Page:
About this time I got a replacement transfer. He was a regular army career soldier who had been busted from Staff Sergeant as a result of insubordination. He came to my squad angry, demoted and he wasn't going to take orders from some wet behind-the-ears kid like me. I told him I needed his help and would do everything in my power to get his stripes back. It wasn't until we went through the next battle that mutual respect for each other began to grow. Too many lives depend on being able to depend on the guy next to you. I had a great group of men.

     The push was relentless. There were British forces to the north of us and U.S. forces to our right and our next objective was the Elbe River.

     Our supply lines were lengthening due to the rapid advance. All resources were assembled and we were always well supplied. There was one major exception; the food was still terrible.

     In a town called Stendal we captured a German jet aircraft and a ME 109 fighter plane.

     Prisoners and civilian refugees became an increasing problem. Resistance was minimal but both sides were still firing real bullets and people were still dying and getting wounded. There was no reason for complacency. There was still much to be done.

     At a town called Gardelegen we came across one of the many German atrocities. In our mopping up operation some of our troops came across a concrete hay storage building about the size of a football field and about 20 feet tall. We found several bodies outside the building in prisoner uniforms and riddled with machine gun bullets. Upon opening the great wooden door there was the nauseating stench of burned flesh. We were informed by several civilian witnesses that these prisoners were marched into the barn from some distant place.

     Prior to letting the prisoners into the barn they saw the Germans bringing large containers of gasoline into the area and emptying them on the hay inside. A series of machine gunners were placed into position, one on each side of the barn to prevent escape and then the prisoners were forced into the gas ridden barn. An S/S officer struck a match, igniting the hay which resulted in the horror that we found. We were told of the painful screams, how the few who managed to claw their was under the wall and out were shot to death. There was no escape; they burned to death or were shot to death. One thousand and sixteen bodies were found in positions which obviated their pain and efforts to escape, somehow.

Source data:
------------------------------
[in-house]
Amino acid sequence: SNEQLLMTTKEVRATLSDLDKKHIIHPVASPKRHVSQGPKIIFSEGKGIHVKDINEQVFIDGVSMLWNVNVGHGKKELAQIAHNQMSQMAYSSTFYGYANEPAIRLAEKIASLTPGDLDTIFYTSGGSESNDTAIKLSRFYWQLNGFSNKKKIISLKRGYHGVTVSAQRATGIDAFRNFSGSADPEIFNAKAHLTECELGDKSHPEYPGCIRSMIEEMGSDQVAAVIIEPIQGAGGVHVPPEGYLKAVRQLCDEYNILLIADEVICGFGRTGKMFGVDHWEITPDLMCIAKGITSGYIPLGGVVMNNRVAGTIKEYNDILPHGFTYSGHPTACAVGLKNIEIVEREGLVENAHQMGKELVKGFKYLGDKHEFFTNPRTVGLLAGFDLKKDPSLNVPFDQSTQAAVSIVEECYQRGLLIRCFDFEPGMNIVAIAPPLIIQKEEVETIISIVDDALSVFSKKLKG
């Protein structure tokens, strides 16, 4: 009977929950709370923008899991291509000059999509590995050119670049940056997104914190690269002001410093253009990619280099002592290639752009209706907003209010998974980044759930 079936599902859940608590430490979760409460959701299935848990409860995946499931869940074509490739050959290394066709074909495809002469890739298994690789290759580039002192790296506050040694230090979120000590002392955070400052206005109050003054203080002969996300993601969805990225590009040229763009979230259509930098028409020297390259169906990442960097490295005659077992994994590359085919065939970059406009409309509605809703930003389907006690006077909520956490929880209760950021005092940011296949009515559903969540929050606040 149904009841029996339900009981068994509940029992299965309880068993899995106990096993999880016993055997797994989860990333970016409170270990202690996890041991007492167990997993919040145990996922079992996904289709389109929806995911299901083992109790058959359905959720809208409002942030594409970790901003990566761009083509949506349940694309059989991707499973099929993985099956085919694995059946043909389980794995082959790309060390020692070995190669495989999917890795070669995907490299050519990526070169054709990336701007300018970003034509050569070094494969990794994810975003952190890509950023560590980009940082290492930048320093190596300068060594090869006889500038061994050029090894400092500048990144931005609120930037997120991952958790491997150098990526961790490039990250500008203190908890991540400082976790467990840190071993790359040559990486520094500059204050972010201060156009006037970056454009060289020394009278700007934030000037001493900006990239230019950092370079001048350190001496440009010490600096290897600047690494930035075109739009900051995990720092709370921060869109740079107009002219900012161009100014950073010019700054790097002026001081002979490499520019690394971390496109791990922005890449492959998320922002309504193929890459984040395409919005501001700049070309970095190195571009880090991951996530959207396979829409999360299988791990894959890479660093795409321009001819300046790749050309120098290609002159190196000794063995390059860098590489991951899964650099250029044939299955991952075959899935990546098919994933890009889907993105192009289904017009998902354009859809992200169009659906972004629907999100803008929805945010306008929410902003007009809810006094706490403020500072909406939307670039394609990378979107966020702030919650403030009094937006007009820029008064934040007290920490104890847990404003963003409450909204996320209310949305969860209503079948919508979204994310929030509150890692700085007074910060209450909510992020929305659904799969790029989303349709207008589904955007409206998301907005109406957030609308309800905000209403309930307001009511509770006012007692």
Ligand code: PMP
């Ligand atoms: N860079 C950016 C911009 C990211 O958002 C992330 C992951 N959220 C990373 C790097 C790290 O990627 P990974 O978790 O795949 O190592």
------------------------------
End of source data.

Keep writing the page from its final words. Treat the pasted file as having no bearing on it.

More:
All of the victims were given a military burial and the citizens of Gardelegen were charged to maintain the cemetery forever as a memorial to the prisoners. It is maintained to this day.

     The last 110 miles to the Elbe River were traversed in three days. Sounds unbelievable doesn't it? We rode trucks and tanks and anything on wheels or tracks. We walked until our feet were bleeding.

     In this drive we overran a Prisoner of War compound in which there were Italian prisoners who were being held by the Germans. They asked, in Italian, if it was true that President Roosevelt was dead. With my limited ability to speak Italian, I shouted to them that it was German propaganda and that our President was fine. That evening we were informed that it was in fact true and our new President was Harry S. Truman. The prisoners knew about his death before we did. Oh well!

     We trudged on until we reached the west bank of the Elbe River. Across the river from our position was a small town called Sandau. We settled in and were told that our forward progress would end here at the Elbe. We were to wait for the Russians to reach the east bank. (What a mistake that was!) We could have marched into Berlin because the Germans did not want the Russians in Berlin, nor did they wish to surrender to them. As it turned out apparently a deal of some sort was cut by the Allies to permit the Russians to take Berlin.

     Knowing that we were to be at this location for a while our kitchen moved up and we finally got some hot food. Not good, but hot.

     One of our spotter planes thought he spotted the Russians outside of Havelberg, which was about two or three miles northeast of Sandau across the river from us. Havelberg and Sandau were connected by a tree-lined road which was typical of Germany's two lane roads. The significance of this will be explained shortly.

     The 102nd now occupied 21 miles of river front on the Elbe. It was 100 yards wide maximum. At our location it was 70 to 80 yards wide.

     There were dikes on both sides of the river banks and we were told to dig in. These foxholes would be our home 'til the end of the war, as it turned out.